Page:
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DLF to pay hefty fine for failure to comply with Sebi summons

The regulator had asked for shareholding pattern of Sudipti Estates since 2005 and the company's other filings with the registrar of companies

Palak Shah  |  Mumbai 

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Realty major Ltd. may have to pay a of Rs 5 lakh on a per day basis to the Securities and Exchange Board of India (Sebi), following Delhi High Court's (HC) dismissal of its plea on November 20. The fine is applicable since November 5, as the court dismissed DLF's plea against Sebi's decision to probe into company's faulty disclosures during its initial public offer (IPO).

had issued a summons to DLF to provide information and documents, to carry out preliminary investigations as per court order, into the company's alleged faulty disclosures during its over Rs 9,000 crore IPO in 2007. The deadline to comply with the summons was November 5. DLF will have to pay the fine till they submit the documents asked by Sebi.

The Delhi HC in 2011 had directed Sebi to conduct such a probe after it was alleged by Delhi-based businessman Kimsuk Krishna Sinha that DLF had intentionally made a false statement that it had no association with Sudipti Estates, one of its subsidiary against which a criminal case was filed. In a criminal complaint registered with Delhi police, Sinha had alleged that he was duped of Rs 34 crore by DLF and Sudipti Estates.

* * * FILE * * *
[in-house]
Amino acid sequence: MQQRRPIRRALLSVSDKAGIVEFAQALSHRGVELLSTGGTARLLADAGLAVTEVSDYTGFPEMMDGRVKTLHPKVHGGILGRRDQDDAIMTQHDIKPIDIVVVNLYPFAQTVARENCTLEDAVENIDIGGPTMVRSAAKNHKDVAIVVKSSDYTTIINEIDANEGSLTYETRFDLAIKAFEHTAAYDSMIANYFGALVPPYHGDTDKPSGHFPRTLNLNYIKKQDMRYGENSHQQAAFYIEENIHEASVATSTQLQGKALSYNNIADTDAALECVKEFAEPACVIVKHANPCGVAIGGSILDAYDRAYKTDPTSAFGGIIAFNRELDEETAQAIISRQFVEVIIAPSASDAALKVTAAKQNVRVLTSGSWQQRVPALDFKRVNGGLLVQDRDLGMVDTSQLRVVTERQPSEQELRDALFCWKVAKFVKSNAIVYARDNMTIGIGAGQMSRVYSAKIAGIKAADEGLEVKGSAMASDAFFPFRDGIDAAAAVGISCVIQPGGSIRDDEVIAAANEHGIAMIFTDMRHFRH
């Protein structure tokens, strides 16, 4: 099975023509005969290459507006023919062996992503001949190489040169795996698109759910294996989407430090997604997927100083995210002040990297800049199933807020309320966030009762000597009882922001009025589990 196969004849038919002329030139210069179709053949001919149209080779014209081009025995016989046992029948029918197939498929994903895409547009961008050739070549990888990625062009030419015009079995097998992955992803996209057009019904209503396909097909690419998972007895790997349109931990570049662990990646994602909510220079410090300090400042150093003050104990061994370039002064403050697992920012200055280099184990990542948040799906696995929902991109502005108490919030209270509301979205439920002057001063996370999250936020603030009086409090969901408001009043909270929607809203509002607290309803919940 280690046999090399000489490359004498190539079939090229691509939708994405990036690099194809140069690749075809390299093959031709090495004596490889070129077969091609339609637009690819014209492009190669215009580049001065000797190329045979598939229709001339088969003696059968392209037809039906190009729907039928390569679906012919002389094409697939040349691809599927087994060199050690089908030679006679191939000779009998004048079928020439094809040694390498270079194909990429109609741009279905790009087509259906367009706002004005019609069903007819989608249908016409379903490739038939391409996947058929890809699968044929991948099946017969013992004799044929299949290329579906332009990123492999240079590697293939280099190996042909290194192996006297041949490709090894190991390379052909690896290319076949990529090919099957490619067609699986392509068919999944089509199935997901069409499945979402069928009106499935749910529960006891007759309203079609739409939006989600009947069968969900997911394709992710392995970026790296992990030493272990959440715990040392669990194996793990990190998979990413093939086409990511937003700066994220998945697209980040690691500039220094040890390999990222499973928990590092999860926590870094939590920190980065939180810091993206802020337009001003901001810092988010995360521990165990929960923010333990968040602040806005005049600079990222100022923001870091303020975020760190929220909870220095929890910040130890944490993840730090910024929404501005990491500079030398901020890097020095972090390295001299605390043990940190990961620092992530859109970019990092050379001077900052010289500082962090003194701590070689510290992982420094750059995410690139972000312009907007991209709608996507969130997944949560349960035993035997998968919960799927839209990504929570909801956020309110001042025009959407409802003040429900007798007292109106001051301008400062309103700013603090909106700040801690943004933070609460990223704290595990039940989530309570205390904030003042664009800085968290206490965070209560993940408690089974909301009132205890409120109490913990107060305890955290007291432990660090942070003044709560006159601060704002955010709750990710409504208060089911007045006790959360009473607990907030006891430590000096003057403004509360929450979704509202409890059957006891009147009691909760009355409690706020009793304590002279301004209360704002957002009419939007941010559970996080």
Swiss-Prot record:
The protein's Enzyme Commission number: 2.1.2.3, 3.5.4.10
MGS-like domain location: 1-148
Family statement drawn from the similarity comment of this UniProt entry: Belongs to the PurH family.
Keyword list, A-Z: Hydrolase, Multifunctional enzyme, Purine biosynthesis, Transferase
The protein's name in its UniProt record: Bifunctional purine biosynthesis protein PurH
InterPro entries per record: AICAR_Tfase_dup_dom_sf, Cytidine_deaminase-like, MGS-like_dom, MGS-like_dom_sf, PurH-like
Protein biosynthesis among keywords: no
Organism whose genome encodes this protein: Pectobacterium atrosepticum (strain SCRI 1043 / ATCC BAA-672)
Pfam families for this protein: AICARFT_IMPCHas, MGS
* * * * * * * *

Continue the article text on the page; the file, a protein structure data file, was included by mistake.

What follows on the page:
The regulator had asked for shareholding pattern of Sudipti Estates since 2005 and the company's other filings with the registrar of companies. Also, details regarding the board of directors of Sudipti were sought by Sebi.

Sinha had alleged Sudipti, DLF Home Developers Ltd and DLF Estate Developers Ltd were sister concerns inextricably linked and were part of the DLF group. DLF in its filing had, however, said that Sudipti is a separate legal entity owned and controlled by different individuals. The company in DRHP filed for a public issue in May 2006, had mentioned that Sudipti was its associate company but withdrew it. Later, in a fresh filing in January 2007, DLF did not mention Sudipti as an associate.

DLF had earlier moved the single judge-bench to quash SEBI's order. DLF had said SEBI's order was passed "erroneously and in blatant violation of the principle of natural justice." The single judge on 3rd January this year had dismissed DLF's plea against the market regulator's decision saying SEBI's order was "based on reasons." Following this, DLF approached a division bench of Delhi HC.

The division bench on Tuesday ruled that "it is not for the High Court to second-guess the reasoning of Sebi, as long as a deferential review does not reveal any extraneous circumstances. On this aspect too, this court is of opinion that the findings of the learned single judge do not call for interference. The result of the above discussion is that all the three points are held against the Appellant, DLF. The appeal has to therefore fail; it is dismissed without any order on costs."

Advocate Soli Sorabjee was appearing for DLF.

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DLF to pay hefty fine for failure to comply with Sebi summons